Previewing Game 4 of the Spurs-Thunder Western Conference Finals.
1. The Facts: 9 p.m. ET (TNT). Follow the action here. All players are expected to play.
2. Where We Are: The San Antonio Spurs are up 2-1, but it feels a little like the series is just about even. The Spurs blitzed the Oklahoma City Thunder in the first two games. They lived in the paint, they bombed away from 3-point range, and they had the entire Thunder defense completely perplexed. On top of that, they stifled the OKC offense in Game 2 and turned them into a team that looked like it didn't really belong in the Western Conference Finals. It's something that's to be expected of the Spurs as they tend to treat most teams like they don't belong in the same class of basketball competition.
Game 3 was different though. Serge Ibaka returned from his calf injury and immediately made an impact. Scott Brooks took Nick Collison and Thabo Sefolosha out of the rotation and allowed a quicker, more athletic attack to form. Reggie Jackson gave the Thunder another creator, which opened up the offensive end of the floor for Kevin Durant, Russell Westbrook and Ibaka. The Thunder reminded the Spurs that the Thunder's athletic prowess was possibly too much for them, like we've seen over the last two years.
3. The Big Number: 39.5. That was the field goal percentage of the Spurs in Game 3. Oklahoma City blocked 10 shots, fueled by Ibaka's four. It was hauntingly similar to the Game 3 between these teams in the 2012 Western Conference Finals. The Spurs were up 2-0 going into Game 3 of that series and looked to be too much for any team to handle. They had just won 20 straight games including the regular season. Then the Thunder figured out how to maximize the impact of their athleticism against the Spurs.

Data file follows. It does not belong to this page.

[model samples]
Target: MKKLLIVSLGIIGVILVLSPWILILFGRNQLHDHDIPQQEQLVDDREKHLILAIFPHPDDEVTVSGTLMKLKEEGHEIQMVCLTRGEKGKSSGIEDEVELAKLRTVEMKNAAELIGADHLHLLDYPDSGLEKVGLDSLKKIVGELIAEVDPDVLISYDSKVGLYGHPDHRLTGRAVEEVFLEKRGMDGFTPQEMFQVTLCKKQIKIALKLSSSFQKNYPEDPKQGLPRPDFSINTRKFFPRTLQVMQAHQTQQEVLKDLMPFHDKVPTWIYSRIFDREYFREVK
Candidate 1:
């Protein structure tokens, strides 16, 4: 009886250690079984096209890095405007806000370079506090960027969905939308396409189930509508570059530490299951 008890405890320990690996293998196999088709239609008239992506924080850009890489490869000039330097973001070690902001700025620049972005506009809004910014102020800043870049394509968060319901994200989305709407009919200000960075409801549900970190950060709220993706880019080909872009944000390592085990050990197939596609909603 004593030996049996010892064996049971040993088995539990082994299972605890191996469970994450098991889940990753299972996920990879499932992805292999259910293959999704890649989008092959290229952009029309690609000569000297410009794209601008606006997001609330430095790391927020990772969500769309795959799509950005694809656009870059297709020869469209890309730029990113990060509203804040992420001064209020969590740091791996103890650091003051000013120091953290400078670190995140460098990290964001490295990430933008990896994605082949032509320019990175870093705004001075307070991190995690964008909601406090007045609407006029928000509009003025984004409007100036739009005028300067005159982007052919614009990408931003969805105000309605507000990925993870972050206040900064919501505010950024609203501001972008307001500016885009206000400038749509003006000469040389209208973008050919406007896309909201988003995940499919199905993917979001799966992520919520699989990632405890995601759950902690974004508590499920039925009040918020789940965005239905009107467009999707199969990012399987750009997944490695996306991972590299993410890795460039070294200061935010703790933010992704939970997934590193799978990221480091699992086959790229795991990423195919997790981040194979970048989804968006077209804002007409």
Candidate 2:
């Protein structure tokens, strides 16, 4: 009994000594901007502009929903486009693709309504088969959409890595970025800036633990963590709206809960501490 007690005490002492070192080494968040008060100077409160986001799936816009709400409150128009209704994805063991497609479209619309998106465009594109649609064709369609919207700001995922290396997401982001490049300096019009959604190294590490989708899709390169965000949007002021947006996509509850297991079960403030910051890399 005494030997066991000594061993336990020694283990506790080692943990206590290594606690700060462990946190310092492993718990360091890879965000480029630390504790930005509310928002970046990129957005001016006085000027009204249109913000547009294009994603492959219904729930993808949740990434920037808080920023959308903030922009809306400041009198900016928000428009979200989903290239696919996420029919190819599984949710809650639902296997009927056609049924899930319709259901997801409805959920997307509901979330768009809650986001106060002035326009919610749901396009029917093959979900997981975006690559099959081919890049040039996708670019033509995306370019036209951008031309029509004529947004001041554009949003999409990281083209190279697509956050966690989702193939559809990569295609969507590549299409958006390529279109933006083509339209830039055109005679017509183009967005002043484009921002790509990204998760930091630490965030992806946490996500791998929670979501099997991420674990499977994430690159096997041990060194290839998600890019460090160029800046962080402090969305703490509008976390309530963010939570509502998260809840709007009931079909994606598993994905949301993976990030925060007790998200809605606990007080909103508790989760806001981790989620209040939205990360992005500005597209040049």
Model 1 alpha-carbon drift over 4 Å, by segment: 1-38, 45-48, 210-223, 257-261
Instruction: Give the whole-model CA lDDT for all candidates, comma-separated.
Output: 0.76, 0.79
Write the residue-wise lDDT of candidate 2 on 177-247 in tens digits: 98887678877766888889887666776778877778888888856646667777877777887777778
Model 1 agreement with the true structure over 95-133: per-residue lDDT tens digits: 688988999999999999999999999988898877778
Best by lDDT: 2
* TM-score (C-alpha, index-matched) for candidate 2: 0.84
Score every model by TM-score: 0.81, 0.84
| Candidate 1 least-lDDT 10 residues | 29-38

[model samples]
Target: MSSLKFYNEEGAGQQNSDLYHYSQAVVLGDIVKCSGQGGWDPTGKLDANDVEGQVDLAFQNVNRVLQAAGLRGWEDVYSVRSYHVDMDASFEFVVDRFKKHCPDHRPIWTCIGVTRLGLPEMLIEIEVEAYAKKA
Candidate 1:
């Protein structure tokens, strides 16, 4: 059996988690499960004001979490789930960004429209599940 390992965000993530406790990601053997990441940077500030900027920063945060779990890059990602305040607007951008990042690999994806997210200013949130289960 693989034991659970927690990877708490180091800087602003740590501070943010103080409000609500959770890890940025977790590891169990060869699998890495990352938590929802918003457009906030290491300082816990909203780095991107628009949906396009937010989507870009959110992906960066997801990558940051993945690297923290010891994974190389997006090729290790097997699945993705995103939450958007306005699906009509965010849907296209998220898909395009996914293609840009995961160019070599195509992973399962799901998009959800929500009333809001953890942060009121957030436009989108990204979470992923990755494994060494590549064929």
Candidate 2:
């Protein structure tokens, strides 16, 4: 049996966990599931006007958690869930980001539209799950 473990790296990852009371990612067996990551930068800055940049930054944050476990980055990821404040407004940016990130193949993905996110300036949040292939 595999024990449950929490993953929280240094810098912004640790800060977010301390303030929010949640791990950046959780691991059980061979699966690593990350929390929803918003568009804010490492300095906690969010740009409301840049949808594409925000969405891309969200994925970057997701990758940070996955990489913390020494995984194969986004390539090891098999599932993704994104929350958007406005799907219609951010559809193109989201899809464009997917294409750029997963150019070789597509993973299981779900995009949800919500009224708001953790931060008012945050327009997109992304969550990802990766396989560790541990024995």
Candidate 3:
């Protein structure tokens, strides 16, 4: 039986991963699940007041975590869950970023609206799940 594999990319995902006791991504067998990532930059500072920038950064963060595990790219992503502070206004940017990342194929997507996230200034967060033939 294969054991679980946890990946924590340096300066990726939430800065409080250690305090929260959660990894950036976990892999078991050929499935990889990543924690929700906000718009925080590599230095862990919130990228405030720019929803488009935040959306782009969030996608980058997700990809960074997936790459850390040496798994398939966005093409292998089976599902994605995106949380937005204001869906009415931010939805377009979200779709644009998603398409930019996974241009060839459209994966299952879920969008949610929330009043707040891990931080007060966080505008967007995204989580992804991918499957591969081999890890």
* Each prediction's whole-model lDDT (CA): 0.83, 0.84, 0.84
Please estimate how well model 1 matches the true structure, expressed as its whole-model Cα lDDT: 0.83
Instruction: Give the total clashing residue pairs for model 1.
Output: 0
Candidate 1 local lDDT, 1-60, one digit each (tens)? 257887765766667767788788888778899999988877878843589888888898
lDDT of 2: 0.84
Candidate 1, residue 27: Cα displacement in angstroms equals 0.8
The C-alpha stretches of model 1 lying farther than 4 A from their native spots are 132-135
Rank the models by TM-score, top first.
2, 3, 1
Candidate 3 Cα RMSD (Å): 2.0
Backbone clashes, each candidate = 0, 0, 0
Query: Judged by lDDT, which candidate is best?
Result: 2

In Game 3 in 2012, the Spurs shot 39.6 percent from the field and were blocked nine times. This is either a huge coincidence or a possible sign of things to come. The Thunder obviously need Ibaka to be as healthy as he was in Game 3, but perhaps they've figured out how to dominate the Spurs once again.
4. Key Adjustment: Find a way to make Serge Ibaka move a lot. The Spurs are so successful on offense because they find a way to get the defense moving side-to-side and wait for it to be too scrambled to make the next rotation. It's what all of the dribble penetration, kickout passes and perimeter ball movement creates. With Ibaka on the court the Spurs usually have the paint taken away, making the rest of their offense much less effective. But this isn't a healthy Ibaka; it's an Ibaka dealing with a lot of pain in his calf. If they keep attacking him, eventually they should be able to take advantage.
5. The Big Story: Is this history repeating itself? The Spurs have blown an 0-2 lead to the Thunder in the conference finals before and they could be on the verge of doing it again. It's still early in the series and a loss in Game 4 would put the Thunder into constant elimination games. San Antonio knows how to put the pressure on opponents in that way. And yet, we've seen the Thunder athleticism overwhelm this Spurs team before and it wouldn't be crazy to think it will happen again. The Spurs have never made the Finals in back-to-back seasons, so they could either buck history by doing it this year or they could let history consume them and blow the series to the Thunder once again.